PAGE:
The Voluntary Code of Ethical Conduct for the Recruitment of Foreign-Educated Health Professionals to the United States (Code) is a first of its kind agreement that sets out standards for fair and transparent recruitment, the provision of cultural and clinical orientation, and best practices to ensure that recruitment is not harmful to health systems in the home countries of these health professionals. It was drafted by a diverse group of stakeholders and has been endorsed by leading organizations such as the American Nurses Association, the American Hospital Association, the Service Employees International Union, the American Association of International Healthcare Recruitment, and the American Health Care Association.
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For-profit recruitment firms interested in meeting the needs of shifting labor markets are a natural by-product of globalization. International recruitment brings with it public policy challenges such as:
- First, the information asymmetry that exists between the recruiter and the individual being recruited place the latter in an inherently vulnerable position. When the recruited individual does not fully understand the terms of their contract, or when those terms change, the needs and rights of the recruited health professional can easily be abused. The Code outlines fair contract practices that all recruiters should adhere to.
- Second, active international recruitment increases the “pull” from low income to high income countries that already exists because of wage differences and opportunities for professional advancement. Some governments view active recruitment of healthcare workers as beneficial to their economies. Others, however, have expressed concern that it exacerbates their own shortages. For those that publicly fund health care education, there may be additional objectives relating to the loss of investment. This may be beneficial to some source countries, while for others that are experiencing their own shortages of highly skilled professionals, it can, at least in the short term, exacerbate problems of access to quality health services. The Code suggests potential "best practices" that should be sought by subscribers.
- While licensure and language ensure some degree of preparedness to practice in the U.S., foreign health care professionals report that clinical and cultural orientation programs are critical to ensuring their success in the U.S. Currently different recruiters and employers have managed these challenges in very different ways. The Code outlines numerous ways subscribers can support the FEHP's transition into the U.S. workforce.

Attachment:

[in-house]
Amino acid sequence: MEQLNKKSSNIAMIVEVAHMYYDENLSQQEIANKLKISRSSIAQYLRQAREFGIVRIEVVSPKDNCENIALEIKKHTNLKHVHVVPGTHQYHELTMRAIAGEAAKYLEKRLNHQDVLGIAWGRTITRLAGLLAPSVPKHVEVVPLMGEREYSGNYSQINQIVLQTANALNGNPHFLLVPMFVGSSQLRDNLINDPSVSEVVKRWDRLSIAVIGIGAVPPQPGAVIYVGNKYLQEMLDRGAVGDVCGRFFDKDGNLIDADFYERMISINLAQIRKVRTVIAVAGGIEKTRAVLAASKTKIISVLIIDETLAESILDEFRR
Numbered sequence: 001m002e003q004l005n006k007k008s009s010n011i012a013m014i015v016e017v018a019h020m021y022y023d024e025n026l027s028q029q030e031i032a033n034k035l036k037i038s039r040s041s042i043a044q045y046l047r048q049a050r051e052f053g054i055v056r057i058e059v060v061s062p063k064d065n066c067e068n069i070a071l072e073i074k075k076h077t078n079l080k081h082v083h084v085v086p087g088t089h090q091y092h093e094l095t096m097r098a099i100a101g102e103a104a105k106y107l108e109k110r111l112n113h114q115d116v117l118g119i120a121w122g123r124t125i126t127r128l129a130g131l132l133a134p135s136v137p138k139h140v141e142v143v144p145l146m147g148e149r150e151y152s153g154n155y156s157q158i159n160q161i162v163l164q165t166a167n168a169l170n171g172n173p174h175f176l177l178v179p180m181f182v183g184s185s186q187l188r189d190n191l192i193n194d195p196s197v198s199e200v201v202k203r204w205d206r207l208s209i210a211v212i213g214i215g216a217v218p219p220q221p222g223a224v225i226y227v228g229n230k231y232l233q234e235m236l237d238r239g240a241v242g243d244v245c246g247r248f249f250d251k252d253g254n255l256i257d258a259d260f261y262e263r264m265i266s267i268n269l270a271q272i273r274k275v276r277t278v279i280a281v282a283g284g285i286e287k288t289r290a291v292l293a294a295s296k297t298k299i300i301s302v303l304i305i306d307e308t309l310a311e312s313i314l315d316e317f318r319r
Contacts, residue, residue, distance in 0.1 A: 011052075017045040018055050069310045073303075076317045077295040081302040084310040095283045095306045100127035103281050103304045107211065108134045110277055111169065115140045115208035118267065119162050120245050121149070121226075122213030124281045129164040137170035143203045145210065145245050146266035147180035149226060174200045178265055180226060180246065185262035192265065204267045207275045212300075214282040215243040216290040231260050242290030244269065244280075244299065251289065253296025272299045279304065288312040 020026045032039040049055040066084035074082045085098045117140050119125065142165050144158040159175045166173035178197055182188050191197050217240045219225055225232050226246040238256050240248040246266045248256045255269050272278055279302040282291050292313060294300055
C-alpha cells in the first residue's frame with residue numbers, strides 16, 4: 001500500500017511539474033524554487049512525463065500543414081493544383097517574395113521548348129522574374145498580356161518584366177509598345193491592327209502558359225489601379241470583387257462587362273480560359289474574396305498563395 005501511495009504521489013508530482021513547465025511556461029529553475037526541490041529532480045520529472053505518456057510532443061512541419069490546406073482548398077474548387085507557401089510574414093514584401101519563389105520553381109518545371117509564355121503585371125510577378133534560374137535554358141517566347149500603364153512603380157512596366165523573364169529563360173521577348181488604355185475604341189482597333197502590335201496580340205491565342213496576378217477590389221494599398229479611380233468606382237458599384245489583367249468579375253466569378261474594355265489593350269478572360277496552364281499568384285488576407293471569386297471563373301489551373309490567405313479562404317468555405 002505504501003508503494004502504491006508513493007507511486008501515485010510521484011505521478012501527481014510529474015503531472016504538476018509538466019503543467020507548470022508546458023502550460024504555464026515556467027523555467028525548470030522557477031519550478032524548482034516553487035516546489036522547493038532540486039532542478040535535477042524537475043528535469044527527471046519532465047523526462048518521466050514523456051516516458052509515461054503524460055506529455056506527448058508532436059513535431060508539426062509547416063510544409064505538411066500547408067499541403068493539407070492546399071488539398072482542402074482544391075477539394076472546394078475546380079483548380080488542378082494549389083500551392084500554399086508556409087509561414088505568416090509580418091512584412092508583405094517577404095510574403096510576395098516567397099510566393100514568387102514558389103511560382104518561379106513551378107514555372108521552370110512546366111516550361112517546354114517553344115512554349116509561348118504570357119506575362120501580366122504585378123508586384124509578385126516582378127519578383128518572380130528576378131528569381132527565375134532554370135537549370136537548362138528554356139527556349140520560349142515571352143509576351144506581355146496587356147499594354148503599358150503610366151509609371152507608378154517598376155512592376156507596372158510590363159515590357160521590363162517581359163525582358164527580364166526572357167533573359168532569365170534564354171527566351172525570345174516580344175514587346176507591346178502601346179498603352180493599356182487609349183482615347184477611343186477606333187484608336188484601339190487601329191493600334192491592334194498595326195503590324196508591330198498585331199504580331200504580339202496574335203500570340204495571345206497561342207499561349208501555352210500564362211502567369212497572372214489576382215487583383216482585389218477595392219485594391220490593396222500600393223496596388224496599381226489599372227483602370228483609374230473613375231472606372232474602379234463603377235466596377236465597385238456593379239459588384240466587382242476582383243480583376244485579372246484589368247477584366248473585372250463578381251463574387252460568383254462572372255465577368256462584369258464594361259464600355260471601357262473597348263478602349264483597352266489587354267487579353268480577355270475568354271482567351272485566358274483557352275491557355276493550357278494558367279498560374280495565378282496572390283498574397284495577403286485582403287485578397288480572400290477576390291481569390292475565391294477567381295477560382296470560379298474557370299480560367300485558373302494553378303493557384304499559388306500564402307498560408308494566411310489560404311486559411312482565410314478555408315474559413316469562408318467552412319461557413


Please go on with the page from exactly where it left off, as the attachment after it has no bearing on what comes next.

In this initiative, stakeholders with divergent interests and viewpoints have partnered to ensure that, to the extent that international recruitment exists, it operates in a manner that is sensitive to all three of these issues. The principles of the Code encourage respect for the needs and interests of all parties: the source countries, the migrant health professionals themselves and the communities these professionals will serve in the United States.
While the specifics of international recruitment make this initiative somewhat unique, the effort forms part of a broader international trend towards Corporate Social Responsibility (CSR). According to a study conducted by KPMG, one of every three of the top performing American businesses report publicly on their efforts to conduct their activities in a socially responsible manner. A key strategy for companies operating in a global arena has been to participate in the development of multi-stakeholder voluntary Codes of Conducts that include monitoring of participating companies.
See for example:
- Blair, M., A. Bugg-Levine, and T. Rippin. “The UN’s Role in Corporate Social Responsibility,” McKinsey Quarterly, 4 (2004).
- Corporate Social Responsibility Initiative
- Ethics World. “KPMG International Survey of Corporate Responsibility Reporting 2008.”
- Schipulle, H. (2002). Lessons Learned from Multi-Stakeholder Approaches. Presented at the Second International Global Compact Learning Forum Meeting, Berlin. 11-13 December.
- U.S. Department of State. The Voluntary Principles on Security and Human Rights.
What is the Code?
What does the Code cover?
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Who authored the Code?
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Who uses the Code?
How was the Code developed?
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How is compliance with the Code monitored?
What is the difference between Endorsers and Certified Subscribers of the Code?
What is the WHO Code of Practice on the International Recruitment of Health Personnel and how does it compare to the Alliance’s Code?